for Controlled Climate Installations in Museum Buildings.
The determination of the optimal values for parameters of the atmosphere
which correspond to the various types of monuments, technical possibilities
of air conditioning installations and the climate of the region where
one or another museum is located is a task that is highly complex and
has more than one solution.
Existing regulations, instructions and rules cannot be taken as unconditional
guides to action. Often they are adopted without special discussion and
understanding of the physical processes that occur in museum monuments,
and sometimes they can appear to be not only inadequate but even harmful.
Thus, for example, the international standard of 50% relative humidity
of the air is too high for heated premises in a cold climate (the middle
zone of Russia, Canada) and can be inadequate for unheated premises existing
in a natural temperature regime.
The basic norms on lighting exist in world museum practice since the middle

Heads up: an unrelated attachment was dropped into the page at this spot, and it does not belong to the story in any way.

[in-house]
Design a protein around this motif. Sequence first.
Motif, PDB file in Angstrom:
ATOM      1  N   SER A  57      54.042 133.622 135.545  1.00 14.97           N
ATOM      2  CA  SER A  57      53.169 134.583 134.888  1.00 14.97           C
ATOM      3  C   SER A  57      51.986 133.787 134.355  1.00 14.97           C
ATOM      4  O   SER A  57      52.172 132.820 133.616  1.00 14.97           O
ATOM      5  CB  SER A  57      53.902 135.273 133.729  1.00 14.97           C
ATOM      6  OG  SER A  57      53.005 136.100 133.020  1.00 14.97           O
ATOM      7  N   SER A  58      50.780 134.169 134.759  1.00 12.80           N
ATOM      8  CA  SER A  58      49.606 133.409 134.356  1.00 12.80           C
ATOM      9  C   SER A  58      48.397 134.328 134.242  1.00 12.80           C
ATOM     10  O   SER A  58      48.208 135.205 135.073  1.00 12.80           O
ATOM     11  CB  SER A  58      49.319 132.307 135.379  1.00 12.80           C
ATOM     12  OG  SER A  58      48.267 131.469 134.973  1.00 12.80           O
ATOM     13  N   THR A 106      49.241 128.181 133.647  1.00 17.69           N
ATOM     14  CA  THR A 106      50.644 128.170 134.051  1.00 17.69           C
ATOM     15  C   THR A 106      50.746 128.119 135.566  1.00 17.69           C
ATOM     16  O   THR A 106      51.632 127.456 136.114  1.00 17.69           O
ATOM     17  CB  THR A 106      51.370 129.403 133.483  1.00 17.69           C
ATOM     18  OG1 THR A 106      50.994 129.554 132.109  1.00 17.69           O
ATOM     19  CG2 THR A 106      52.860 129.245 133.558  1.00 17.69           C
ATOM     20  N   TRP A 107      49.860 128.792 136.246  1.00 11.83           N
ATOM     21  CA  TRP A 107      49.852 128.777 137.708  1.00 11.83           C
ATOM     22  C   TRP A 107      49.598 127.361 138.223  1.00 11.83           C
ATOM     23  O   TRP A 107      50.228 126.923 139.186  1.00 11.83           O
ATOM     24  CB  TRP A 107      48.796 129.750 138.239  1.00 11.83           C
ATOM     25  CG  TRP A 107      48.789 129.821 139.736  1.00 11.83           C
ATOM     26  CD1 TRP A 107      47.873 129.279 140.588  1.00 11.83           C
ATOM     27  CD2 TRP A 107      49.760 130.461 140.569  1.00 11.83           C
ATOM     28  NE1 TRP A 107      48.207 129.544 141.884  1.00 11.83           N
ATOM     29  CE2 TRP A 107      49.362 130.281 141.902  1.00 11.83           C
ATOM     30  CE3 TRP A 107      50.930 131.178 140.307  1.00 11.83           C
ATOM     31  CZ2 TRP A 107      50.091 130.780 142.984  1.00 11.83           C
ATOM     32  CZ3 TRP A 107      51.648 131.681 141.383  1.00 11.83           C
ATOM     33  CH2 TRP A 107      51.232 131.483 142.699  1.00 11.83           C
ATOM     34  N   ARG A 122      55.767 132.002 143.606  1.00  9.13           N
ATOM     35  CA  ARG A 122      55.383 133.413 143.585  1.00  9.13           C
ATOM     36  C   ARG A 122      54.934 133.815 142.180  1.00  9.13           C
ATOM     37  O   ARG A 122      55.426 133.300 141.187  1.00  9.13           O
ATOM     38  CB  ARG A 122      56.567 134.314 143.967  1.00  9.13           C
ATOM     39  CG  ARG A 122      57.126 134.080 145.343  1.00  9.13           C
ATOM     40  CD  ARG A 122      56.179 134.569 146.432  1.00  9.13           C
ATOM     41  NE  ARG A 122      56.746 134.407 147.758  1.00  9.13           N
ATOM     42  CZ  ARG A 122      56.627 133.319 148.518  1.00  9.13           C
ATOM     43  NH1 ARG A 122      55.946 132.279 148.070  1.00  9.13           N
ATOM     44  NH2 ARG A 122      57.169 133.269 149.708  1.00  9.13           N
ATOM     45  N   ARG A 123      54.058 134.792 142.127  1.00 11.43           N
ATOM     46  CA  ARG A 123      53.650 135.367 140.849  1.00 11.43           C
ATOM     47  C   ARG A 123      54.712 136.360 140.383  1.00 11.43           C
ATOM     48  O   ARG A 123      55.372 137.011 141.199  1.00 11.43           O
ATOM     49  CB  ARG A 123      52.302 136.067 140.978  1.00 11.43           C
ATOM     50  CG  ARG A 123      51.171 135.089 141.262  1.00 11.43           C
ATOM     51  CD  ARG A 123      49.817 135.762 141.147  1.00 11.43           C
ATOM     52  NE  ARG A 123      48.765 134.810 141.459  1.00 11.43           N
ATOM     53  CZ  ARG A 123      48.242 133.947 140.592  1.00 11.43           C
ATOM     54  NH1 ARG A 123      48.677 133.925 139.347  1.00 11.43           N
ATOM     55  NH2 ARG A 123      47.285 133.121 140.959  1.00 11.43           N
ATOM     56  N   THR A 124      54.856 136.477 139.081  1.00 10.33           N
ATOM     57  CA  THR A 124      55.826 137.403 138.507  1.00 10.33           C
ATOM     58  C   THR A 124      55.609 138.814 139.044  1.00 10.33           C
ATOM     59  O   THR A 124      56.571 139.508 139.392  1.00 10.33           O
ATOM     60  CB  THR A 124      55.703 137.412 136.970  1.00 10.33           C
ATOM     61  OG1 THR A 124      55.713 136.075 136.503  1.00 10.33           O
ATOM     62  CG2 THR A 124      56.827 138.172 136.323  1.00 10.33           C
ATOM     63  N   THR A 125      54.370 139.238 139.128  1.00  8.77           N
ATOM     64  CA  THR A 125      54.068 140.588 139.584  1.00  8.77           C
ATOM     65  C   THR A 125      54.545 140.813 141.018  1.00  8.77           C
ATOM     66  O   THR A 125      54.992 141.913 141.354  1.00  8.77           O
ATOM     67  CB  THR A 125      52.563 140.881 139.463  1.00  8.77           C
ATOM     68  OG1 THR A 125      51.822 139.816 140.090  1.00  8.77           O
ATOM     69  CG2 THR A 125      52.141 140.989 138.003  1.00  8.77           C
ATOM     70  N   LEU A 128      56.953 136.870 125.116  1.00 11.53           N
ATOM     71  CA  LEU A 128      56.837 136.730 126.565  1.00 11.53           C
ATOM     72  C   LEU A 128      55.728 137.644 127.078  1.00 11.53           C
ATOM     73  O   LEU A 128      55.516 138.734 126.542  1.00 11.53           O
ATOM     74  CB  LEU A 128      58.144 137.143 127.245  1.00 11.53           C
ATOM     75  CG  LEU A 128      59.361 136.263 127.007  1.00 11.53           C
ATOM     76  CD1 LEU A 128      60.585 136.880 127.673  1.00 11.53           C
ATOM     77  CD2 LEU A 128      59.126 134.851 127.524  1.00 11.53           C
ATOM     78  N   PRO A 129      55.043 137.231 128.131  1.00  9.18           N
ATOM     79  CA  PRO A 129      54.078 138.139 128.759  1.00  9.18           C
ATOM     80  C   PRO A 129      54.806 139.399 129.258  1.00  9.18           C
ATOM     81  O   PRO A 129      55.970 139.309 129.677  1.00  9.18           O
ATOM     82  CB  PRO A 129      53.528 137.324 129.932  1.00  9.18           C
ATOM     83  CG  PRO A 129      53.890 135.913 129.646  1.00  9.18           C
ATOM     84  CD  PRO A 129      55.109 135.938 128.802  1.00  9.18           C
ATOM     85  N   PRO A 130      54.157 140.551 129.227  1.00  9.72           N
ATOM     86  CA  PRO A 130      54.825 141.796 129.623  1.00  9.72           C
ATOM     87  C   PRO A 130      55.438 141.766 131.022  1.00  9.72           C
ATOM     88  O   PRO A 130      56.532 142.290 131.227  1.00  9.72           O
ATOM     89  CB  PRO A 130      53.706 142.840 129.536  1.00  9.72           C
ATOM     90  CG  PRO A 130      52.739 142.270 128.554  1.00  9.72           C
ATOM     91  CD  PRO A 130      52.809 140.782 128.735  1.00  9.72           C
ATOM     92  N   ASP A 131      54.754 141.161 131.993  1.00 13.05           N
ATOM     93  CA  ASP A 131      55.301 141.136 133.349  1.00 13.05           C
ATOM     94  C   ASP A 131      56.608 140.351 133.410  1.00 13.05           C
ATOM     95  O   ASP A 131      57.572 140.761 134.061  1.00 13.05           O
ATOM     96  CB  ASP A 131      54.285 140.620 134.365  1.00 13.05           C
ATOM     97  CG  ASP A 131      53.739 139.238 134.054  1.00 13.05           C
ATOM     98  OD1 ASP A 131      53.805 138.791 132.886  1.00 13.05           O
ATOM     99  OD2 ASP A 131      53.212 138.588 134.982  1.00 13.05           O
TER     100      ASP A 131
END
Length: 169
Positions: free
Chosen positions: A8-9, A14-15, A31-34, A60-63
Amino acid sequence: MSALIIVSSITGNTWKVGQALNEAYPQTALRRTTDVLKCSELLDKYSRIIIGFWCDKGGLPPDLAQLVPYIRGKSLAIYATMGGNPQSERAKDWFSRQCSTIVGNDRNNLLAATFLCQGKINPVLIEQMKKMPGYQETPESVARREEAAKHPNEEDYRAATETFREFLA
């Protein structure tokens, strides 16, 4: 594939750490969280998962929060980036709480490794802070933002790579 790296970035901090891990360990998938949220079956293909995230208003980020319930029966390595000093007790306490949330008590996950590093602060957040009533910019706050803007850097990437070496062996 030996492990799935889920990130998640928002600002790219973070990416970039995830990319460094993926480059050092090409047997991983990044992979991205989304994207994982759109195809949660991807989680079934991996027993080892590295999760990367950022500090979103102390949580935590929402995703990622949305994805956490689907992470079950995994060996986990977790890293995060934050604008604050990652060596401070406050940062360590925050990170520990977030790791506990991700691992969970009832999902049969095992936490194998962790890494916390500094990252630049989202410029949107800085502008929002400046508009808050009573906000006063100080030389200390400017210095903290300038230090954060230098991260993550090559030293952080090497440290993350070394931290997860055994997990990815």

of the last century. They are based on measurements of illumination depending
on the light sensitivity of the human eye. The use of modern systems of
lighting makes it possible to reduce the destructive action of light,
influencing changes in the visible part of the spectrum, and high-technology
measuring and control apparatus allows us to evaluate the intensity of
a light source by the energy characteristics of the source. In the future
this can serve as a reason for reviewing existing standards on lighting
The choice of an optimal microclimate in museum buildings and choice
of materials should be strictly individual to each separate museum. The
right approach makes it possible to have conditions of microclimate that
approximate a natural background, and this in turn facilitates reduction
of the energy intensive system of air conditioning and simplification
of its design. In some circumstances it makes it possible to achieve stabilization
of the microclimate and use simpler means.
The readings take place in the Hermitage Theatre. Admittance is from
the Small Entrance, Dvortsovaya Embankment, 34. The beginning of the morning
session is at 10.30 and the afternoon session begins at 14.00.